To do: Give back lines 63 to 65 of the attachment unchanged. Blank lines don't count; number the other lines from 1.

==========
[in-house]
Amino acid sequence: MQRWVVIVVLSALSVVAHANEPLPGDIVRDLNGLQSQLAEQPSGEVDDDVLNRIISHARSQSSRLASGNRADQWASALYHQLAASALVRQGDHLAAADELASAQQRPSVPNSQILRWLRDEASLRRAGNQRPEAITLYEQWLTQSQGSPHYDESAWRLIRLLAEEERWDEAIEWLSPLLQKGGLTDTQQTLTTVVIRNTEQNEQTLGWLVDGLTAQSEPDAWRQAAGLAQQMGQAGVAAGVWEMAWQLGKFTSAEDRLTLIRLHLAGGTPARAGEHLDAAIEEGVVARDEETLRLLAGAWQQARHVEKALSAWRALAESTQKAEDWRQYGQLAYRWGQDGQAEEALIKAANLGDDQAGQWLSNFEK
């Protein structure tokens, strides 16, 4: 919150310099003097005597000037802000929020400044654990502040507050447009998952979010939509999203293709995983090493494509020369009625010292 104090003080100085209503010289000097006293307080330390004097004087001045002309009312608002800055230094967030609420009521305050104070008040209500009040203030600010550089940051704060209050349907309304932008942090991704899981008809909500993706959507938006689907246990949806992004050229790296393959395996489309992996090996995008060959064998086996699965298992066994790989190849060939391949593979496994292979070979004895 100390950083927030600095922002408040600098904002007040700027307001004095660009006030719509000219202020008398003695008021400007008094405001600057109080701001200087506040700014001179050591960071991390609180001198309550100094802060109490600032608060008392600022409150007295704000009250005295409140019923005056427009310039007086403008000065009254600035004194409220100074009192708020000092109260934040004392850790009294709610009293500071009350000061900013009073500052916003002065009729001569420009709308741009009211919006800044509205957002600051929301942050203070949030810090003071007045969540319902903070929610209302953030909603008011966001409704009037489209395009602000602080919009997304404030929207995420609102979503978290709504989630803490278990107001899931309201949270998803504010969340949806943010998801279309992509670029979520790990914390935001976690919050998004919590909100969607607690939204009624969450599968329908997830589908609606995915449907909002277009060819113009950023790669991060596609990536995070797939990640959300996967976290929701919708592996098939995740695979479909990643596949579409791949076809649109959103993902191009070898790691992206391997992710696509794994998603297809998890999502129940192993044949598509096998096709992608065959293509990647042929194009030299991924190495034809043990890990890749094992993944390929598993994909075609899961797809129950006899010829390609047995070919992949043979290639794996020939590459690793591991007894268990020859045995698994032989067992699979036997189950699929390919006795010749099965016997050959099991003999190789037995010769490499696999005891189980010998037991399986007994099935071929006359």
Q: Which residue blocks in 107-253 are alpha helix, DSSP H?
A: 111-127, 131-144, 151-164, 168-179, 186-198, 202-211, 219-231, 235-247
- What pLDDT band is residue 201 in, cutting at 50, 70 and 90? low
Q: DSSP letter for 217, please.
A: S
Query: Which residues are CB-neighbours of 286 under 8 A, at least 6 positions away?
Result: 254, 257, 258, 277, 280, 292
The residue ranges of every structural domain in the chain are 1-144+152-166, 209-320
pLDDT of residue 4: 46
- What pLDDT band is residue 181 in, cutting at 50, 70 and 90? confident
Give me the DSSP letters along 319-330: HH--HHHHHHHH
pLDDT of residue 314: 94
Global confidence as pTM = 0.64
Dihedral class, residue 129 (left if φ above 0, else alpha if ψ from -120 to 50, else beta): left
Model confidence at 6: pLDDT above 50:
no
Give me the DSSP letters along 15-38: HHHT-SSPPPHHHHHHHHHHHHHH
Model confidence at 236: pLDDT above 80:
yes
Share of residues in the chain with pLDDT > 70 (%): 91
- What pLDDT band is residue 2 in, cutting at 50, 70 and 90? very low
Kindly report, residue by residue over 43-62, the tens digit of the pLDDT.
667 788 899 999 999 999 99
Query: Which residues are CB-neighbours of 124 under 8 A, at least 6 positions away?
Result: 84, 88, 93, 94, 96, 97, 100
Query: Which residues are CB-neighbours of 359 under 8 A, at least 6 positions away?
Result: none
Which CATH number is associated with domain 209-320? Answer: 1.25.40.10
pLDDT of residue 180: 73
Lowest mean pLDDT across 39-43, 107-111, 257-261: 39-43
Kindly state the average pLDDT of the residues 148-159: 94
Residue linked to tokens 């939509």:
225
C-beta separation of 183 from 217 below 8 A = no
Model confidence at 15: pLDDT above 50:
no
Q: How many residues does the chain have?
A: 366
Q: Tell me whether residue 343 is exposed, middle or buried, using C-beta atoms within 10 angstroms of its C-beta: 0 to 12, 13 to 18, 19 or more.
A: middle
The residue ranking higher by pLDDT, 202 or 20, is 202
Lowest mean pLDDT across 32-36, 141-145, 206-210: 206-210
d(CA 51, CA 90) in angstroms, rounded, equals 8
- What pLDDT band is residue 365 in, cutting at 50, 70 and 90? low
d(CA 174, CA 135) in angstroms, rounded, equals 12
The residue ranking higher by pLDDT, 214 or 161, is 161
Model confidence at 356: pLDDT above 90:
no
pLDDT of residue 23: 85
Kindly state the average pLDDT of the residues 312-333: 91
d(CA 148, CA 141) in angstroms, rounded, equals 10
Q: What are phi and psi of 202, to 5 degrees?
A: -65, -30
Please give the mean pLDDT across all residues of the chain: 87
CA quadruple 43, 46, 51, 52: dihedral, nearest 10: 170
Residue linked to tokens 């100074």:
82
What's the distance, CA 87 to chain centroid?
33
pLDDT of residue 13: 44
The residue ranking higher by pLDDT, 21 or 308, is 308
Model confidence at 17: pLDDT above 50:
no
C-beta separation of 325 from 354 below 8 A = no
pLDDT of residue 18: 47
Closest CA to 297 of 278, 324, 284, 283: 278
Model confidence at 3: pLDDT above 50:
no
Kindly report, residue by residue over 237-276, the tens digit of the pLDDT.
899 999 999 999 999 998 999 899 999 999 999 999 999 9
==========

pLDDT of residue 13: 44
The residue ranking higher by pLDDT, 21 or 308, is 308
Model confidence at 17: pLDDT above 50: